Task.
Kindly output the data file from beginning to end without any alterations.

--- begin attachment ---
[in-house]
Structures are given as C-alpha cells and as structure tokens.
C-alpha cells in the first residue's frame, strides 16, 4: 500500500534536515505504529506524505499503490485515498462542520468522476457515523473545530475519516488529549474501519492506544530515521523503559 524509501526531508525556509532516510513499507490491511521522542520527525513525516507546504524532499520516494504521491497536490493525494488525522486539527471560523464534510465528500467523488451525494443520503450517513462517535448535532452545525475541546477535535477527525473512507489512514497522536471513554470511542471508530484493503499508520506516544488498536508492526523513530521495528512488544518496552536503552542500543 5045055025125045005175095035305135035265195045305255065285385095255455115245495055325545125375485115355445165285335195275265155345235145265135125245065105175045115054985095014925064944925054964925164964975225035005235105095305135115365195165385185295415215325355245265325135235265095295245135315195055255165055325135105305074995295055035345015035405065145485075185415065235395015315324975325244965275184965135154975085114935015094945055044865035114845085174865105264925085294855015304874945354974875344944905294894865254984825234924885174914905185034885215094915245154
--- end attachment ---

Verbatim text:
[in-house]
Structures are given as C-alpha cells and as structure tokens.
C-alpha cells in the first residue's frame, strides 16, 4: 500500500534536515505504529506524505499503490485515498462542520468522476457515523473545530475519516488529549474501519492506544530515521523503559 524509501526531508525556509532516510513499507490491511521522542520527525513525516507546504524532499520516494504521491497536490493525494488525522486539527471560523464534510465528500467523488451525494443520503450517513462517535448535532452545525475541546477535535477527525473512507489512514497522536471513554470511542471508530484493503499508520506516544488498536508492526523513530521495528512488544518496552536503552542500543 5045055025125045005175095035305135035265195045305255065285385095255455115245495055325545125375485115355445165285335195275265155345235145265135125245065105175045115054985095014925064944925054964925164964975225035005235105095305135115365195165385185295415215325355245265325135235265095295245135315195055255165055325135105305074995295055035345015035405065145485075185415065235395015315324975325244965275184965135154975085114935015094945055044865035114845085174865105264925085294855015304874945354974875344944905294894865254984825234924885174914905185034885215094915245154